Each week, we’ll ask our stable of scribes across the globe to weigh in on the three most important NBA topics of the day — and then give you a chance to step on the scale, too, in the comments below.
VIDEO: Aldridge leads the way as Portland handles Brooklyn
Which team’s current fortunes will change most drastically in the weeks ahead, Portland’s or Brooklyn’s?
Steve Aschburner, NBA.com: I understand that the schedule will toughen up for the Trail Blazers, but I think the urgency — wait, make that downright panic — that will take hold of everything Nets if their struggles continue means significant change will be inevitable, one way or the other. Even though the Eastern Conference standings would seem to tolerate a fairly casual approach, with .500 or so good enough for the playoff spot (and reset button) that really matters to Brooklyn, the spotlight on this team is too hot for that. Something will have to give very soon with these guys.
Fran Blinebury, NBA.com: With the Blazers running a very efficient offense to become one of the pleasant surprises of the early season, I’m not expecting a sudden collapse. But they’ve won seven in a row and neither do I think they’ll continue playing at an .800 pace. Portland will come back to earth and that doesn’t mean the Blazers are the negative side to this answer. I’ve never thought the Brooklyn Boys of Bummer were going to work and the talk about contending for a championship was laughable. Kevin Garnett and Paul Pierce are old, Deron Williams is lost, Jason Kidd is clueless and Nets are just a lot of wasted rubles by Mikhail Prokorov.
Jeff Caplan, NBA.com: If by drastic change you mean lose a game here or there, I guess Portland. They can’t keep winning all their games can they? I like this Blazers team. They’re pretty complete. LaMarcus Aldridge is an All-Star bordering on superstar and Damian Lillard may soon be both. Wesley Matthews is shooting the lights out, Nic Batum is the all-everything and Mo Williams has greatly aided the bench. And let me mention the handy addition of Robin Lopez. As for the Nets, I’m not sure how much more drastic things can get. Oh, hold on, just checked the schedule and five of their next seven are on the road and that includes at Minnesota, at Houston and at Memphis. Good luck, coach Kidd.
Scott Howard-Cooper, NBA.com: Portland’s, but only because it’s not realistic to keep up this pace, while it’s possible Brooklyn really is bad enough to collapse. The Blazers were positioned from opening night to take the next step and make the playoffs, and this is why. They should improve again once C.J. McCollum joins the lineup.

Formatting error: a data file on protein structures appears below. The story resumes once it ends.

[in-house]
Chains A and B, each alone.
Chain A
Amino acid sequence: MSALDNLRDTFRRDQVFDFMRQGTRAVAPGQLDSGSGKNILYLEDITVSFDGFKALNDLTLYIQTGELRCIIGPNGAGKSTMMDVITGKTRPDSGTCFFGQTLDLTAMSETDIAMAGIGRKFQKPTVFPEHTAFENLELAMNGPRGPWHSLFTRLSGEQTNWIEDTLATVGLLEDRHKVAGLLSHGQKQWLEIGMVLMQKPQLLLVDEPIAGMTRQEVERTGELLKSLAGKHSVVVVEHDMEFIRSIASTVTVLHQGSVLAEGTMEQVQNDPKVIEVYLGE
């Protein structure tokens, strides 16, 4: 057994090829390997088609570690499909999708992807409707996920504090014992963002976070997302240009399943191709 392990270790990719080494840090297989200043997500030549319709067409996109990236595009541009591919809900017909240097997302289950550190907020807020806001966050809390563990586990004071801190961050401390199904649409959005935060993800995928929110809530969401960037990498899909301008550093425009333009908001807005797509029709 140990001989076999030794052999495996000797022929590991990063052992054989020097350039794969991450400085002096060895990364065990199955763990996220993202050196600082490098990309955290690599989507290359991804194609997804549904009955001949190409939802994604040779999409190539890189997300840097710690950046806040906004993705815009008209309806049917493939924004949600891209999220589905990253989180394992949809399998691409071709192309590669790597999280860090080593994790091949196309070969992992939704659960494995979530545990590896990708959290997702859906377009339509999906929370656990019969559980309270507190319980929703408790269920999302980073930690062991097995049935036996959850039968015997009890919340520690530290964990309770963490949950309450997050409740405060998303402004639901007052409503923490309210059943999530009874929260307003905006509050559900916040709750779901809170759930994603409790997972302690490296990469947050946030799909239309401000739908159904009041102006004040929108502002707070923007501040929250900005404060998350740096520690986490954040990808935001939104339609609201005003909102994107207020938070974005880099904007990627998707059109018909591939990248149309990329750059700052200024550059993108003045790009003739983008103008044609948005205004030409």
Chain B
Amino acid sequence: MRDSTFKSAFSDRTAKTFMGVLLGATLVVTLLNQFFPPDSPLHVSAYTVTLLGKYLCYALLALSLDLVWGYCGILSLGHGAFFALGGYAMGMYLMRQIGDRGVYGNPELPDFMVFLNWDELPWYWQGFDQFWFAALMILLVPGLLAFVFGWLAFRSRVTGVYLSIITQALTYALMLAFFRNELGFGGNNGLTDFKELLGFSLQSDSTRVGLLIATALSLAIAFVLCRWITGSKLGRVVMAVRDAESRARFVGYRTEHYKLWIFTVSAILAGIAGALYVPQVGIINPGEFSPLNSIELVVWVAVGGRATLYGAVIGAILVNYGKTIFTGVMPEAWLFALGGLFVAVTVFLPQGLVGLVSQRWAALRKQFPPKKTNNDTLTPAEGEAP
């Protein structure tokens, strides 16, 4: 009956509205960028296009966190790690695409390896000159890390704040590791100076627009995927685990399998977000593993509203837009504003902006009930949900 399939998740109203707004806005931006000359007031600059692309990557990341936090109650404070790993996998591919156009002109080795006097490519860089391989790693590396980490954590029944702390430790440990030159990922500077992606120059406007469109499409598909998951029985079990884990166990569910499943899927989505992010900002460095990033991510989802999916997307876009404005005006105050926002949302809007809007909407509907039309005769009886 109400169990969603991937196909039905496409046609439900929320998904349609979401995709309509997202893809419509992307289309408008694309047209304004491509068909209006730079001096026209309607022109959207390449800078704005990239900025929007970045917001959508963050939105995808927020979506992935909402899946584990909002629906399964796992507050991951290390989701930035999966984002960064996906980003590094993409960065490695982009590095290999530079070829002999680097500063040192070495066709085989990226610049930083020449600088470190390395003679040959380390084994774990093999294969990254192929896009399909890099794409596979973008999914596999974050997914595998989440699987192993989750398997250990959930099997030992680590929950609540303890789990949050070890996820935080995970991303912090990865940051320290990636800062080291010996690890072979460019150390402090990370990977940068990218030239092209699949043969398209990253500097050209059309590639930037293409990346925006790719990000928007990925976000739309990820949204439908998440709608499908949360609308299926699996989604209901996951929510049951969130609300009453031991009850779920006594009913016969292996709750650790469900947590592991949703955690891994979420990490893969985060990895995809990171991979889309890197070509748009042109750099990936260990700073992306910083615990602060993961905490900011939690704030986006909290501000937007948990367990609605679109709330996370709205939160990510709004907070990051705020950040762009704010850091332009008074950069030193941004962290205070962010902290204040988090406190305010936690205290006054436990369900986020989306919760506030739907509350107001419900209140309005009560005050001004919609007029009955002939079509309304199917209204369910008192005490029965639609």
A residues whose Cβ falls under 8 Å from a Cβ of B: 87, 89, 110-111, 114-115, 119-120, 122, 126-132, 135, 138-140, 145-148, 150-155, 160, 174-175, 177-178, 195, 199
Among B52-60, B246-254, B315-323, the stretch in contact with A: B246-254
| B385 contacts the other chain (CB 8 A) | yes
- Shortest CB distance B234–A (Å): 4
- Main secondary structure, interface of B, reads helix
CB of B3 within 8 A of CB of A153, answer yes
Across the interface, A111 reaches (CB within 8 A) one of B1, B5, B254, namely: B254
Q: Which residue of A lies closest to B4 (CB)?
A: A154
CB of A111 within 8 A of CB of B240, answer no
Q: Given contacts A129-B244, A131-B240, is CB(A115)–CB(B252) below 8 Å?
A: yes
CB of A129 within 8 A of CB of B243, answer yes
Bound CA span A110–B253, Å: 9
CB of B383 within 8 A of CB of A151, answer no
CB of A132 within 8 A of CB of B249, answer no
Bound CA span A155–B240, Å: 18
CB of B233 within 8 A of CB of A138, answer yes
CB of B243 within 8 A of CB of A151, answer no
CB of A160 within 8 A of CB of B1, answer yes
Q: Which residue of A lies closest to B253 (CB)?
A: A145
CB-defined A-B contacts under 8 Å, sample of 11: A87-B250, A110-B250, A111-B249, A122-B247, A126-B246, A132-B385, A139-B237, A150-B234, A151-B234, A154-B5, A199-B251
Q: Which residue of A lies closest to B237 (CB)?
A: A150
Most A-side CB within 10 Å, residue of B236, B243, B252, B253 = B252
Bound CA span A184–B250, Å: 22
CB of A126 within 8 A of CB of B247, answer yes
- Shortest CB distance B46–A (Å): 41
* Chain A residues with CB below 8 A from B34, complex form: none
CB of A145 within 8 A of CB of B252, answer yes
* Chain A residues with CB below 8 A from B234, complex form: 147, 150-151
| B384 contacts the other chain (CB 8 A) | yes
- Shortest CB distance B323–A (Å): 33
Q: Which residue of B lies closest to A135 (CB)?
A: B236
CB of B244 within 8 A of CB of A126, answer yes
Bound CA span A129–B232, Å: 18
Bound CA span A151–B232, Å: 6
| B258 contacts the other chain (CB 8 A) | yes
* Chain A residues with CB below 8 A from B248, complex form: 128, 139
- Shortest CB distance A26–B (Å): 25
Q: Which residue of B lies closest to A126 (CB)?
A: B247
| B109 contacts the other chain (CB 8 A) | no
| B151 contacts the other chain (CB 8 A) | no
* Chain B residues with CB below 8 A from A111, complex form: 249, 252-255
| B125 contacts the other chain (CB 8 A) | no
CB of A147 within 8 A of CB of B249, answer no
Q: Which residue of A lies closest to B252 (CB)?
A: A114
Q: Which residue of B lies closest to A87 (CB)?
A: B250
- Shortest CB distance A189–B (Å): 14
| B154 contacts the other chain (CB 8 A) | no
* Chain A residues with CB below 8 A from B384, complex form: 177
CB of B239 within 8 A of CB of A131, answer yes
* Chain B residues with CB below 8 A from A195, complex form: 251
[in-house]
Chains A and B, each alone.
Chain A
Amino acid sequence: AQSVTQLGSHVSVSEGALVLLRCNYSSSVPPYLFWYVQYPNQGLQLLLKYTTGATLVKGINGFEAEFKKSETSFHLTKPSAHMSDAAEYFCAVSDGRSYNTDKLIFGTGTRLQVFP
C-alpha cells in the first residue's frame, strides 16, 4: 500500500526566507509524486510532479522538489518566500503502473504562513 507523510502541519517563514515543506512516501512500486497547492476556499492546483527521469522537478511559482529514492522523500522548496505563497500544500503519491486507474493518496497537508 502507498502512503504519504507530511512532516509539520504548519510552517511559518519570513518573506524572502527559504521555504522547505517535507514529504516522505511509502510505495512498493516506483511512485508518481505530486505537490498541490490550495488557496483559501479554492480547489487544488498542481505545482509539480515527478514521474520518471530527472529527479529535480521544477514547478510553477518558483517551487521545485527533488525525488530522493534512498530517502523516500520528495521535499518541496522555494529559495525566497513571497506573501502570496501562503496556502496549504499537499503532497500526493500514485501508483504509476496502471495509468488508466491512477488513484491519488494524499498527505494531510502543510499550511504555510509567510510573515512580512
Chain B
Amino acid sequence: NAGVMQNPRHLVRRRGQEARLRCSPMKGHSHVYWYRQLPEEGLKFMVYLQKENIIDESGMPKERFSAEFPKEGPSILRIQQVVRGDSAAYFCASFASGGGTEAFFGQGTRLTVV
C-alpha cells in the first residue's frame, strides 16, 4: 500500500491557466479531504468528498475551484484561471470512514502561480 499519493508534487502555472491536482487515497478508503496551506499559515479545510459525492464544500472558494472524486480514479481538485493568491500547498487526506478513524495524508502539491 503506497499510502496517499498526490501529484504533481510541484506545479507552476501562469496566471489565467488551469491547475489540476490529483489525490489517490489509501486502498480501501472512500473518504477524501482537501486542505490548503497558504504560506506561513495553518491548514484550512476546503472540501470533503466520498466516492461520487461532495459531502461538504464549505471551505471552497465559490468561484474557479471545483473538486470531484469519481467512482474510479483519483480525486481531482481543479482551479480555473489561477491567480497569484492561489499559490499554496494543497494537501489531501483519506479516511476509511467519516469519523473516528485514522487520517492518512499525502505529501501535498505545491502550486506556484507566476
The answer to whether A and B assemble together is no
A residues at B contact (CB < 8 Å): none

John Schuhmann, NBA.com: Brooklyn. The Blazers aren’t the second best team in the Western Conference, but their offense can sustain their position as a playoff team, maybe in the 6-7 range. That team can really shoot. The Nets aren’t necessarily a title contender, but they are a top-five team in the East once they get healthy and get it together offensively. Even if Kevin Garnett’s age is catching up to him, a team with that much talent isn’t going to rank in the bottom 10 in offensive efficiency for very long.
Sekou Smith, NBA.com: Eyeballing the upcoming schedules for these two teams does literally nothing to provide insight as to how either Portland or Brooklyn will play in the coming weeks. Both have rough Decembers looming and absolutely no rest for the weary. The law of averages tells me that things will change most dramatically for the Trail Blazers, mostly because they’ll come back to earth from this current run they are on. It’s inevitable. But that won’t be a bad thing. They’ll remain on a playoff trajectory, provided all of their major players stay healthy (or as close to it as possible). I honestly think the coming weeks look tougher for the Nets, whose identity is still in question. I’m asking the same question now I did when this collection of stars was put together … Whose team is this anyway? … which is apparently the same question Kevin Garnett, Paul Pierce, Deron Williams, Joe Johnson and perhaps most importantly Brook Lopez are trying to answer themselves. They have time to sort out the mess, but when are they going to flip a switch and instantly become the contender they assumed they’d be this season? I don’t see it happening before the end of the calendar year. Fact is, Jason Kidd ain’t walking through that door people … well, at least not in uniform.
Lang Whitaker, NBA.com’s All Ball blog: I was at the Portland/Brooklyn game on Monday night in Brooklyn, and there was quite a contrast between these teams. The Blazers seemed assured and confident, a team with one direction, while the Nets were confused and tired. Which team has more profound tea leaves? I think Brooklyn has a pretty clear path to improvement — the most immediate help Brooklyn can find is getting Brook Lopez, Andrei Kirilenko and Deron Williams healthy. Any team basically adding two All-Stars will be improved. So if I had to pick a team to have a dramatic change, I’ll go with Brooklyn. And really, considering they’re 3-7 right now, can things get much worse for the Nets? Wait, pretend I didn’t ask that …
Adriano Albuquerque, NBA Brasil: I think Portland is for real, so I will say Brooklyn is bound to get things corrected and become at least a decent team, instead of the mess that we’re witnessing right now. If that doesn’t happen, we might start hearing clamoring for a new coach …
Stefanos Triantafyllos, NBA Greece: When Paul Pierce and Kevin Garnett both say that they are “angry”, you should fasten your seatbelt. Or, ya know, hold to your armchair if sitting by the computer. The two veterans are ready to take things over in Brooklyn, so from that point of view something good (or just something better) is going to come out of it. Also, for the sake of the argument, the only way the Nets can go is up.